It might be felt, however, that this definite restriction upon the amount of paper which any single bank might rediscount would prove an obstacle in the way of needed relief in emergencies. But the plan of Senator Aldrich contains a valuable provision designed to meet such contingencies. By special vote of the executive committee and with the approval of the Secretary of the Treasury the Reserve Association may discount the notes of banks
guaranteed by the local association and secured by the deposit with it of securities taken at two thirds of their market value. Under the terms of this clause it will be possible to assist threatened banking institutions, following the precedents established by European central banks and our own clearing-houses. Finally, it may be noted that the bill permits banks to accept commercial paper drawn upon them to the amount of half their capital and surplus, and contains a further provision under which the central institution may rediscount such paper for its original purchasers. Taking account of all the various lending activities proposed for the Reserve Association it would seem clear that some further restriction upon the rediscounting of long-time paper would not hamper its lending operations or weaken its power to serve the business community.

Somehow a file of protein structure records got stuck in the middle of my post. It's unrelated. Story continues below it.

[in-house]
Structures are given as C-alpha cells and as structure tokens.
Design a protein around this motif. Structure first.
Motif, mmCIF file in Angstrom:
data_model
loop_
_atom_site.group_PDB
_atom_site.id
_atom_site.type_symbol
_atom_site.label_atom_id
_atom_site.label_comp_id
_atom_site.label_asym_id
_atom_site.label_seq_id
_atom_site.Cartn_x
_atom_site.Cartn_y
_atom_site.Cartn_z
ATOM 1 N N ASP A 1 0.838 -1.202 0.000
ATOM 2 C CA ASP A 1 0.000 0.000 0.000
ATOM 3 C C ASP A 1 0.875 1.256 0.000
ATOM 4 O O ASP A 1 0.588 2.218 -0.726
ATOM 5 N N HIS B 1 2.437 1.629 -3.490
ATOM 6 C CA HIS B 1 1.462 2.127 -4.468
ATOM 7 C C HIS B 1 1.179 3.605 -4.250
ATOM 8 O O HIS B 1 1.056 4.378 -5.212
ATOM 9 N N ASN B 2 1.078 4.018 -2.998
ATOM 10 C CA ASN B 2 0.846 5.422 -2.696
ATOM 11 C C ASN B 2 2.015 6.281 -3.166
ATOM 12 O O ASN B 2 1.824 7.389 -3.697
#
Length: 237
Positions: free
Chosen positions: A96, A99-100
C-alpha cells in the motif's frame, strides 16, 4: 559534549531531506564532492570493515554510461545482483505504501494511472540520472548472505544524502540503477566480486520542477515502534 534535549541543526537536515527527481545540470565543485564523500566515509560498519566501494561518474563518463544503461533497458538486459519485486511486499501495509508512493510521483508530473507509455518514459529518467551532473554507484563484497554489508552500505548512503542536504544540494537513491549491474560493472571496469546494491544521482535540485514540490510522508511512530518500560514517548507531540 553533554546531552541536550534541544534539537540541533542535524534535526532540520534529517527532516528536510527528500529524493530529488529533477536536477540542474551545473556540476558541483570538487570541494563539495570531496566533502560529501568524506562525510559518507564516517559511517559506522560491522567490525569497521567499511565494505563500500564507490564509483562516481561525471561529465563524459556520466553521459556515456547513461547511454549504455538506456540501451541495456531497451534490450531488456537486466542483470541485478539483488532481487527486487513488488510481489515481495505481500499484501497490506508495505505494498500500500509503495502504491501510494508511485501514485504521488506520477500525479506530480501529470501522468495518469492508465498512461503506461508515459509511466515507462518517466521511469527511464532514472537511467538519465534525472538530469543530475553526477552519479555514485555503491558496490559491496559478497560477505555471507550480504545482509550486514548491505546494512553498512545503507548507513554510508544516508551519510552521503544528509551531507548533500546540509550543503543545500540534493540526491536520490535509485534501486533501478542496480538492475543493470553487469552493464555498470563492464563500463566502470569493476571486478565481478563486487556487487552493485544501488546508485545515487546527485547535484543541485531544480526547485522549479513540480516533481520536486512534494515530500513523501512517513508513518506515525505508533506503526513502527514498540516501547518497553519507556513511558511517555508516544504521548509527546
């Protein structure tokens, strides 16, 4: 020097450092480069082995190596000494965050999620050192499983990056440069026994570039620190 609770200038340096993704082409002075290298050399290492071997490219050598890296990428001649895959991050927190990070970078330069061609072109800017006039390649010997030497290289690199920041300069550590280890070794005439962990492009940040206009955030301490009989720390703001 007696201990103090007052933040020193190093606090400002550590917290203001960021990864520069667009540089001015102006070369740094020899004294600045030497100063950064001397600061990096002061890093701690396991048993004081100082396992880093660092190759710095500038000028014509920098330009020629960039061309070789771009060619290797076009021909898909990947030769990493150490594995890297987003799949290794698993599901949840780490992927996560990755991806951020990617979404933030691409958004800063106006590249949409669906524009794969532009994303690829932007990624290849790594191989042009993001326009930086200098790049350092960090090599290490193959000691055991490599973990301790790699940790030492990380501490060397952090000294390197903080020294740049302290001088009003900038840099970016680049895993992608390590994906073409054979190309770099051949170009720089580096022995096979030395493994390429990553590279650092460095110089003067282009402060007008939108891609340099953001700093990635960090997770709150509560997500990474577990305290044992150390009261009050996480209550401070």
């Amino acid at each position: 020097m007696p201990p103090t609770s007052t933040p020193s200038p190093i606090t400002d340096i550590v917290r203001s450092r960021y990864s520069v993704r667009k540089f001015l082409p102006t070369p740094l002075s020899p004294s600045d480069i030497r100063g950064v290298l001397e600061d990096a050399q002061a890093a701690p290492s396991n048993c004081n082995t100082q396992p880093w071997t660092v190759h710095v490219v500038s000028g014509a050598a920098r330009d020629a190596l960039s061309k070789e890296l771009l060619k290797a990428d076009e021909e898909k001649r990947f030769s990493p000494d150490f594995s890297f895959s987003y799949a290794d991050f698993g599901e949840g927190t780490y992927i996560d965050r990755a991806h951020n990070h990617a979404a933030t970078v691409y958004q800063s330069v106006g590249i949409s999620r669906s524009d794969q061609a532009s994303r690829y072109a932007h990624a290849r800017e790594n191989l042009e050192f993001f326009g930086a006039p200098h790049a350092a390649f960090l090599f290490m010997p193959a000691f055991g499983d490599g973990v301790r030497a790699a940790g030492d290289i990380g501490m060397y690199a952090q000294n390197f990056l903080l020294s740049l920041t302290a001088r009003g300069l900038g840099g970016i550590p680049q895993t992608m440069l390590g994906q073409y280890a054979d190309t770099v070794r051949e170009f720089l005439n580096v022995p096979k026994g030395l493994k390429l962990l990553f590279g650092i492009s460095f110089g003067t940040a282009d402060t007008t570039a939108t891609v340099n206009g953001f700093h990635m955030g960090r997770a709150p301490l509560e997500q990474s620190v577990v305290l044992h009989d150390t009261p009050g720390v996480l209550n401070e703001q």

If the Reserve Association is to serve a useful purpose it should be clearly understood by the public generally as well as by bankers that it is not to be one of its functions to contribute largely to the aggregate amount of credit regularly at the disposal of borrowers. There can be little question that the volume of bank credit in this country is already large enough considered with reference to total capital or with reference to the amount of working capital of corporations and business firms. It is desirable, however, to make commercial paper the most liquid and therefore the most attractive asset which the banks can hold. It will further the economic development of the country if the relatiye standing of the collateral loan and commercial paper can be reversed. It is also desirable to foster banking methods and arrangements which will tend to check not so much the concentration of surplus banking funds in New York as to facilitate their general employment throughout the country, and not as at present in collateral loans in that city. These objects can be attained without large loans by the Reserve Association through its ability at all times to make advances upon commercial paper to meet the regular seasonal requirements of the other banks and their more occasional needs during periods of financial stress.
A large volume of loans at all times by the Reserve Association is not merely unnecessary for the accomplishment of the primary functions of such an institution, but would also subject the country to very grave danger of excessive credit expansion. In the acquisition of its cash resources by the proposed bank no appreciable contraction of credit on the part of other banks would